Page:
From the list on empathy for the world’s creatures.
Who am I?
I’ve always been interested in the natural world. I grew up seeing the birds, raccoons, and deer that lived in the woods near my home in Western Pennsylvania. But over the years I began watching smaller things more carefully: tiny creatures with many legs—or no legs at all! I learned that even though earthworms are blind they can sense light. I realized that among “identical” ants, some behaved differently. I found out that if I was gentle, honeybees didn’t mind being petted. Even if we think they’re icky, we owe these tiny creatures our understanding and compassion.
Curtis' book list on empathy for the world’s creatures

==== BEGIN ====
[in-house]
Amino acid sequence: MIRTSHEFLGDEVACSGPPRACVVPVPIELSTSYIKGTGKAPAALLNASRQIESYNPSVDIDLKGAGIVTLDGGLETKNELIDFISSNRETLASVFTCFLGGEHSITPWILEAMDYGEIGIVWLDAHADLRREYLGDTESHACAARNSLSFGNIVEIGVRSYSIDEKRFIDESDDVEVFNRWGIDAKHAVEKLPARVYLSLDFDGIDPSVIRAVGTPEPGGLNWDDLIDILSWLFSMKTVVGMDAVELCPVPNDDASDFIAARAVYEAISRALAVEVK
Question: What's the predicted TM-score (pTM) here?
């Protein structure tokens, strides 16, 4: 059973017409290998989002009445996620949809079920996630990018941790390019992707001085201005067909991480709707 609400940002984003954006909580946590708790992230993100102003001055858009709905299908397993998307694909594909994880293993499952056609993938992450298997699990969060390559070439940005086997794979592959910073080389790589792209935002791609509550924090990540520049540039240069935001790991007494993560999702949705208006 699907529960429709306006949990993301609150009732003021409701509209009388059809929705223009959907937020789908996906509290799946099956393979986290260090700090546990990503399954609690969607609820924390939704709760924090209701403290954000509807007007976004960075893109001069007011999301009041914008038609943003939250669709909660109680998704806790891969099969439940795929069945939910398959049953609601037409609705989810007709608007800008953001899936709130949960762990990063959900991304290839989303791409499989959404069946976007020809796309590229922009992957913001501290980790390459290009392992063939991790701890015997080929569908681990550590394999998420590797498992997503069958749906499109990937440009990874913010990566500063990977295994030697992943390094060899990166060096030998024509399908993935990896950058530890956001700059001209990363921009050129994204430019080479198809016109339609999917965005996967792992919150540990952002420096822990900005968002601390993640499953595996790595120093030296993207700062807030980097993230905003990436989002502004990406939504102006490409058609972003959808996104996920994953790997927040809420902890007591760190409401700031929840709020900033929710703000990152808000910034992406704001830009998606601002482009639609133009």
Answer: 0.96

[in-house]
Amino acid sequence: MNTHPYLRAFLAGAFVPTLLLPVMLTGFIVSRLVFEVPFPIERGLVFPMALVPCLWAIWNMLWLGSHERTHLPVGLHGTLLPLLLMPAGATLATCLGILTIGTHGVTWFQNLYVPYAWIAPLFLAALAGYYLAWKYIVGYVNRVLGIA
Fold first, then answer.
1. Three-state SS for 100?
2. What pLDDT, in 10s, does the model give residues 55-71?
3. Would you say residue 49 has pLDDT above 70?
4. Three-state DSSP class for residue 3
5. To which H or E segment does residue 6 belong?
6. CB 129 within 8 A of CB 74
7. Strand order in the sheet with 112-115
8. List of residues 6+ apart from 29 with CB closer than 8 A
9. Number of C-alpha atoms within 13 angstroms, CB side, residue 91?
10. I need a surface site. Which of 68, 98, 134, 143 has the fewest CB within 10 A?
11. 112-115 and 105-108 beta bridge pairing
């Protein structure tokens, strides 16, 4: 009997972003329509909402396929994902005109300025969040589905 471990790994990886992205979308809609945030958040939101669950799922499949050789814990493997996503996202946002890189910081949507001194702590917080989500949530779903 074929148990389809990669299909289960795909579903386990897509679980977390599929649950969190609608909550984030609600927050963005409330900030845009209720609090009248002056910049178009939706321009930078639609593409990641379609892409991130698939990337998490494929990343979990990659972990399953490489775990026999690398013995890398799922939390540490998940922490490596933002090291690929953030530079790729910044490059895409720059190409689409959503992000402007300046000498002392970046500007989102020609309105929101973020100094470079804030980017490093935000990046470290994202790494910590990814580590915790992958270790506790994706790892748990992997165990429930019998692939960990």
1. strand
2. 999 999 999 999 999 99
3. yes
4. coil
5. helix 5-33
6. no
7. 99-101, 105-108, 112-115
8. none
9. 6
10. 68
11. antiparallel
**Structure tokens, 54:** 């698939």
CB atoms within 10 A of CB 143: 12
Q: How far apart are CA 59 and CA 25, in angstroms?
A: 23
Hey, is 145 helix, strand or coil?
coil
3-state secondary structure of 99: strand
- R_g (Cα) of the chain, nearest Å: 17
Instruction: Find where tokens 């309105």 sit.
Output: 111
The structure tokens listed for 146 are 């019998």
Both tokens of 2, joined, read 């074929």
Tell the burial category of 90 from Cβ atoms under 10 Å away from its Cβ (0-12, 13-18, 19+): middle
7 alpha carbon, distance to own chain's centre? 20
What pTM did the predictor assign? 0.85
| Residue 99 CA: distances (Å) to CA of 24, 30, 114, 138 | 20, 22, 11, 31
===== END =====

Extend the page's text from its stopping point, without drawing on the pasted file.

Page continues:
Why did Curtis love this book?
Perhaps the soft spot I have for this book is because it’s another story about rescuing a wild animal and giving it a further chance.
Every day at the park, Theo makes sure the slow bird with the raggedy wing gets some of the birdseed he throws to the younger, quicker birds. But when a dog runs at the birds, Theo learns that old Pearl, as he names her, can’t fly. He saves Pearl and brings her home, and he and his grandma take care of the bird. Theo’s heartfelt concern allows Pearl to live the rest of her life out of danger, and she and Theo become close companions. But with animal friends, there will come a time to have to say goodbye...